In defining papal infallibility in 1870 the First Vatican Council asserted a strongly monarchical view: a papal definition
of the faith is irreformable (infallible) by itself, and not from the consensus of the Church. These words explicitly reject
Article 4 of the Gallican Declaration of 1682, which states that the pope cannot define the faith single-handedly, apart from
the consensus of the Church (i. e., the bishops of the world). This book offers the first thorough analysis of the ecclesiological
ideas of the Gallican theologians as expressed in their own writings. Previous studies of the debates at Vatican I fail to
examine carefully the Gallican doctrine rejected by the council. Even leading historians, at that time and since, simply refer
to the ""Gallican view"" without citing sources or clearly defining or understanding the Gallican thinkers. In contrast, this
study facilitates a balanced and much-needed comparison of the differing Gallican and papalist ecclesiologies during the period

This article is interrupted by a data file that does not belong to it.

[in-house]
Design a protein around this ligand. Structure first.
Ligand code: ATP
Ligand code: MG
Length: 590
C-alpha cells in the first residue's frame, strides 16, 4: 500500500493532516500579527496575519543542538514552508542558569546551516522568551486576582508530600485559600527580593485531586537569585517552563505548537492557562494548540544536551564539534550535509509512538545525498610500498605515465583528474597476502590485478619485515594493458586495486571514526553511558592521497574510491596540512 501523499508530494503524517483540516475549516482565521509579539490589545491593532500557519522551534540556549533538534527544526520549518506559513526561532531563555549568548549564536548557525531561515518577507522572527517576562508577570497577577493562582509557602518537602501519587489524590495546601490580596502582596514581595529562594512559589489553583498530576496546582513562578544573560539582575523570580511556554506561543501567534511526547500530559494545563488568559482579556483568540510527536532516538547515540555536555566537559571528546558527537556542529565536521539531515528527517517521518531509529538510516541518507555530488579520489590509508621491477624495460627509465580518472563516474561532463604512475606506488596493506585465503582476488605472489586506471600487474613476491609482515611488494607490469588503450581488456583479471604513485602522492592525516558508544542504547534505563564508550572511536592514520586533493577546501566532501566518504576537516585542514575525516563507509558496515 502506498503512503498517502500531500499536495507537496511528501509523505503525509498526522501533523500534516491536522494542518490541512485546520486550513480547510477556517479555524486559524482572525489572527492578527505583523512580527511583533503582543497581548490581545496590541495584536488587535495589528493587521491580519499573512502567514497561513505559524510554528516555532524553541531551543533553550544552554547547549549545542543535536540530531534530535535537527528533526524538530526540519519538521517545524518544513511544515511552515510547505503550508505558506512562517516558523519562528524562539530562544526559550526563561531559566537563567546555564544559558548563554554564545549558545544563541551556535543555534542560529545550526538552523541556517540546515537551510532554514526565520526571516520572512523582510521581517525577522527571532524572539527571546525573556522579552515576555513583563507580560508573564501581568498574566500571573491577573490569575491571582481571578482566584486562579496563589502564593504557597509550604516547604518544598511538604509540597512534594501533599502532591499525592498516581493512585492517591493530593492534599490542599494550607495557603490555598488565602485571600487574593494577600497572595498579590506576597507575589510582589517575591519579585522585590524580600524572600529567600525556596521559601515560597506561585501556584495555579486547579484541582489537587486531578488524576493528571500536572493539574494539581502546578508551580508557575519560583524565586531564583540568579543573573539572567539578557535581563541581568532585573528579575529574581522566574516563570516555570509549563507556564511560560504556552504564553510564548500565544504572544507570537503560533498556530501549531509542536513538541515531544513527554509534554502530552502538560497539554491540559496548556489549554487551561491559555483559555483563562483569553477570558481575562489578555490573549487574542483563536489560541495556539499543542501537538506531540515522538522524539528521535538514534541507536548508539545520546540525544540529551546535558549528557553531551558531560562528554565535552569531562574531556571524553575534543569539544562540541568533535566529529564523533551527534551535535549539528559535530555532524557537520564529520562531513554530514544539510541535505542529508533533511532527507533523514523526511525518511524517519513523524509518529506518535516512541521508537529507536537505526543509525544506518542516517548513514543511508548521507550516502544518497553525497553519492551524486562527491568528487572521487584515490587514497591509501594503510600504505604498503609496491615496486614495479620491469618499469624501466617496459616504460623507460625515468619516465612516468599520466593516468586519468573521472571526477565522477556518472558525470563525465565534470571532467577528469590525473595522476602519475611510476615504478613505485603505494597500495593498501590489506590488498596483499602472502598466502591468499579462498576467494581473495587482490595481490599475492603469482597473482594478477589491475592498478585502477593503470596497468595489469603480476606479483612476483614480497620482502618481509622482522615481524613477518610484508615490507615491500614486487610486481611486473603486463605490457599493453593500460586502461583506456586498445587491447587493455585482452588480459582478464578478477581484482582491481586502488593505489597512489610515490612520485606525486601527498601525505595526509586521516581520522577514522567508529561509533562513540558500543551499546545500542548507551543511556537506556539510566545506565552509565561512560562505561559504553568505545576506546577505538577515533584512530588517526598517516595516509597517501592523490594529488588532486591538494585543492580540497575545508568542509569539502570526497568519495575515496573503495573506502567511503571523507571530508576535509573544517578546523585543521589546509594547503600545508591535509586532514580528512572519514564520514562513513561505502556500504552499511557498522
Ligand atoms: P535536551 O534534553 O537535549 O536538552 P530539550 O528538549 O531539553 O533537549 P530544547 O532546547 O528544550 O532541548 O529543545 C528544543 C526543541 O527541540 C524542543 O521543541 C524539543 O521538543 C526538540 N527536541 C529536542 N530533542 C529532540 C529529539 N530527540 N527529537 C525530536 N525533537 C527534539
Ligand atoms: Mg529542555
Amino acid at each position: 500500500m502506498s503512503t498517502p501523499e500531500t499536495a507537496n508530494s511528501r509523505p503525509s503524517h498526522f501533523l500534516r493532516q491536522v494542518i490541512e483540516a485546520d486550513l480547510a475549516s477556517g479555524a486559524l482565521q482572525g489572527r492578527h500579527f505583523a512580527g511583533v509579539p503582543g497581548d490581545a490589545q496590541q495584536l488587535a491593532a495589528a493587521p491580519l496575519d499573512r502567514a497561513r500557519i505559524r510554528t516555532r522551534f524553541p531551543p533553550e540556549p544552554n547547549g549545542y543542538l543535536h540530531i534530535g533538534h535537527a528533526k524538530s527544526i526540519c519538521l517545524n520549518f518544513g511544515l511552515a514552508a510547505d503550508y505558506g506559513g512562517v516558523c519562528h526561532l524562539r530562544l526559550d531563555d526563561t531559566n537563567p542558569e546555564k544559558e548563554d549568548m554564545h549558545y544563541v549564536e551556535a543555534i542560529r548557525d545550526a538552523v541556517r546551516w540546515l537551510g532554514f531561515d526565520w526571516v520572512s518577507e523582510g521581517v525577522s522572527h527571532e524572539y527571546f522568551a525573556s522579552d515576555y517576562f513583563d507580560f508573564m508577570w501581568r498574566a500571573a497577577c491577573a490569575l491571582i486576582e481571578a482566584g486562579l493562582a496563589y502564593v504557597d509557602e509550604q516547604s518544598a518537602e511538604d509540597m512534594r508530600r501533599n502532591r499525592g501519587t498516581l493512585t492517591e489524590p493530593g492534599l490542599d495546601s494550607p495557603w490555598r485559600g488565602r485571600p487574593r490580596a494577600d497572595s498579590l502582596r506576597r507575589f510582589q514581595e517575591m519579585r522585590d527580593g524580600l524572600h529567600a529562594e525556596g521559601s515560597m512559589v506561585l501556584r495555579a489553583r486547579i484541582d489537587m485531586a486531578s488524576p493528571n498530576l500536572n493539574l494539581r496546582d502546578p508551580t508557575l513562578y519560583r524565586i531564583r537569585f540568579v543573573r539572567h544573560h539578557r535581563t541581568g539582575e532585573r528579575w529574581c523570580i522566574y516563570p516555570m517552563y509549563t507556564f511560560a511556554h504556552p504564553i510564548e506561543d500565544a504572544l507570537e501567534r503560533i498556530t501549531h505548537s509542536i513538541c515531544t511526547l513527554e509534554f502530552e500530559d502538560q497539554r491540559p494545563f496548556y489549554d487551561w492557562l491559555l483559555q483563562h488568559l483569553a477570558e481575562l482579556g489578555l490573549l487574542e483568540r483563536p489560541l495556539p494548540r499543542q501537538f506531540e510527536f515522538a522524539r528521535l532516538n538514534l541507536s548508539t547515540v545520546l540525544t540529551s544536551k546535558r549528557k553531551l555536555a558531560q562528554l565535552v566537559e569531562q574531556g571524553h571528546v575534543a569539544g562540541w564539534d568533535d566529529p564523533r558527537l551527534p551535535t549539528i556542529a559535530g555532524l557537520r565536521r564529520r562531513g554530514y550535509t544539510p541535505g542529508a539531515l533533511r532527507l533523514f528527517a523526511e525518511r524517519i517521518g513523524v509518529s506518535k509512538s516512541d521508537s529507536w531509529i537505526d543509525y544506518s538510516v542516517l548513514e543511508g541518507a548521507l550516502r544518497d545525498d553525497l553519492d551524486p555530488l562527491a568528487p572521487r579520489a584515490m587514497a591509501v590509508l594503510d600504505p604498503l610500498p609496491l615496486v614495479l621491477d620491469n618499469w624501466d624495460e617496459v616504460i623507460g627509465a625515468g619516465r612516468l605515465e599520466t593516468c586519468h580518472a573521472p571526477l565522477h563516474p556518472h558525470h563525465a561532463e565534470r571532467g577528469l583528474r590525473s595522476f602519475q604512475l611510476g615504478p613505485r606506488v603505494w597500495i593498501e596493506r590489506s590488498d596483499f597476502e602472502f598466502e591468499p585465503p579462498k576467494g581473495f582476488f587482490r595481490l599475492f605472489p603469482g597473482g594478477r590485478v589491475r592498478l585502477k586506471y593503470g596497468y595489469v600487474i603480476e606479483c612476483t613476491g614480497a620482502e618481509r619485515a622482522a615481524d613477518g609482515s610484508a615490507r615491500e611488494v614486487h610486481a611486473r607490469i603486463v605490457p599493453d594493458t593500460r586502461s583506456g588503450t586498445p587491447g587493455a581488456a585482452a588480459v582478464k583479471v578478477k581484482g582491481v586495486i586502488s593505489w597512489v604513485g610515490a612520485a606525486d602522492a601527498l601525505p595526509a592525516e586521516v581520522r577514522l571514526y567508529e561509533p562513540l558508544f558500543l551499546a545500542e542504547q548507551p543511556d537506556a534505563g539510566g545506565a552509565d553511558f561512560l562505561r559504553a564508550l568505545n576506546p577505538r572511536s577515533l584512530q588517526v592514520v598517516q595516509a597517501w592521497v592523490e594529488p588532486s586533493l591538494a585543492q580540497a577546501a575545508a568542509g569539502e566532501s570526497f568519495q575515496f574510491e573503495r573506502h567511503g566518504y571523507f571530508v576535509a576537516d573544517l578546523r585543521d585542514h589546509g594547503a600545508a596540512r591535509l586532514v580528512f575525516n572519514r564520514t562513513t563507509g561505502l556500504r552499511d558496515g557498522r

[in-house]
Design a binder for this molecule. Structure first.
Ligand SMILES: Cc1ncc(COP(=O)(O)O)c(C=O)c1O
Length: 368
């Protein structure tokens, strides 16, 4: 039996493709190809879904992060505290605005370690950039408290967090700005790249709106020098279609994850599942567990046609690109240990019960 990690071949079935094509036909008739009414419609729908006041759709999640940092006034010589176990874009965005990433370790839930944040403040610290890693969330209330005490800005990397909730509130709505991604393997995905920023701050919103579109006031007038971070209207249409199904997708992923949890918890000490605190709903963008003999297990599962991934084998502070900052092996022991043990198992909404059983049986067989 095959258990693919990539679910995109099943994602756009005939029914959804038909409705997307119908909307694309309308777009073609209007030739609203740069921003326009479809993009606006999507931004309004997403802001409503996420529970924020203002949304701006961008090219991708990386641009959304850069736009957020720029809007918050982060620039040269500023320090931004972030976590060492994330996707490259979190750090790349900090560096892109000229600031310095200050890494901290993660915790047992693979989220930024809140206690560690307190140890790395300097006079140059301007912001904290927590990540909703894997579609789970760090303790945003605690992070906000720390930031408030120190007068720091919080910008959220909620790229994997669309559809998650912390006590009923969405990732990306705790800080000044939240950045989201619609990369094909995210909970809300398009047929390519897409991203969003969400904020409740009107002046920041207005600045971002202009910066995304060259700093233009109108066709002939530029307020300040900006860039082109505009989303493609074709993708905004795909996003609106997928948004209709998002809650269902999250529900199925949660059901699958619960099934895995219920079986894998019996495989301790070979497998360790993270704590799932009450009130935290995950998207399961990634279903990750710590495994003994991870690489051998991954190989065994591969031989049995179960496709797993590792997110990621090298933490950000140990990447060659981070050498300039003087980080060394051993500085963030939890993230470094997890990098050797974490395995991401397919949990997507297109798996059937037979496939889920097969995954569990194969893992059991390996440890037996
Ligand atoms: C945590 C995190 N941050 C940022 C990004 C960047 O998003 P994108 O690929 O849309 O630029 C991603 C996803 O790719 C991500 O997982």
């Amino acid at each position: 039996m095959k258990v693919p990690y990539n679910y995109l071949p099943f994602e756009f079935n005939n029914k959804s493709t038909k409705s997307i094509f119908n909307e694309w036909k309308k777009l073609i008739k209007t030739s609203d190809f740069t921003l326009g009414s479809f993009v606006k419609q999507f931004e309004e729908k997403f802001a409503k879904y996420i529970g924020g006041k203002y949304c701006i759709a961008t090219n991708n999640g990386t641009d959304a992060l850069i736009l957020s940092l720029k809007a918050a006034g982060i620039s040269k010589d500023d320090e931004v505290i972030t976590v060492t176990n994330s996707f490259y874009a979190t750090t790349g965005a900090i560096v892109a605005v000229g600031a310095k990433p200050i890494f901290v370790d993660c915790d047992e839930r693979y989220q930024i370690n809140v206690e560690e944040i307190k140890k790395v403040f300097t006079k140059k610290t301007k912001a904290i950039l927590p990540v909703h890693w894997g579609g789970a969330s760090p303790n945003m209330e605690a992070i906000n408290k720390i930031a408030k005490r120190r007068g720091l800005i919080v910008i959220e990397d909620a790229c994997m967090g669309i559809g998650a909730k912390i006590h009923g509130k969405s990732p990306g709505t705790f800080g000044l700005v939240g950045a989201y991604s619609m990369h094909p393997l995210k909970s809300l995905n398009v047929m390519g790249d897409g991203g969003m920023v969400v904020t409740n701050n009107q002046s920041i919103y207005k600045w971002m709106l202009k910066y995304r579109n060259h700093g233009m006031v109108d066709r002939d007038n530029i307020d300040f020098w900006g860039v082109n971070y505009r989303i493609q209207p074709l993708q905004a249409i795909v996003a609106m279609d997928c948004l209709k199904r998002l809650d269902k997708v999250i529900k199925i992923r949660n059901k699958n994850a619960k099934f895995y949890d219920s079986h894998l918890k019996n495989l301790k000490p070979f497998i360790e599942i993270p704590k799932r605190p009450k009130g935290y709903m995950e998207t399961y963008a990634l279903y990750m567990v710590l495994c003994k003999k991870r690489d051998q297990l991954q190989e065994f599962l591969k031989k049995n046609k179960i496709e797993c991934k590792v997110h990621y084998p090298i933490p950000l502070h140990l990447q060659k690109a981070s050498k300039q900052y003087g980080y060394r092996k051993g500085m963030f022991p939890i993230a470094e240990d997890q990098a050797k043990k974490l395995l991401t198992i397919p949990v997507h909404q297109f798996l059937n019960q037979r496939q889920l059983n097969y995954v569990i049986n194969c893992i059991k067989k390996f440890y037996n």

1682-1870. After a concise introduction that defines the two schools of theology, Richard Costigan examines the thought of
nine major theologians on the subject: Bossuet, Tournely, Orsi, Ballerini, Bailly, Bergier, La Luzerne, Muzzarelli, and Perrone.
In his analysis of the research, Costigan finds that the ""consensus of the Church"" in the Gallican view is not a simple
claim and does not generally demand ratification of a papal definition by the bishops after the pope issues it. Rather authority
is to be exercised in conjunction with the rest of the episcopate in a collegial and consensual manner. This concept of consensus
draws on the history of the early and medieval church and is seen as coherent with the doctrine later expressed in Vatican
II's Lumen Gentium. Without addressing present-day Catholic controversy, this study offers the necessary historical background
for any ongoing discussion of the nature and exercise of papal authority.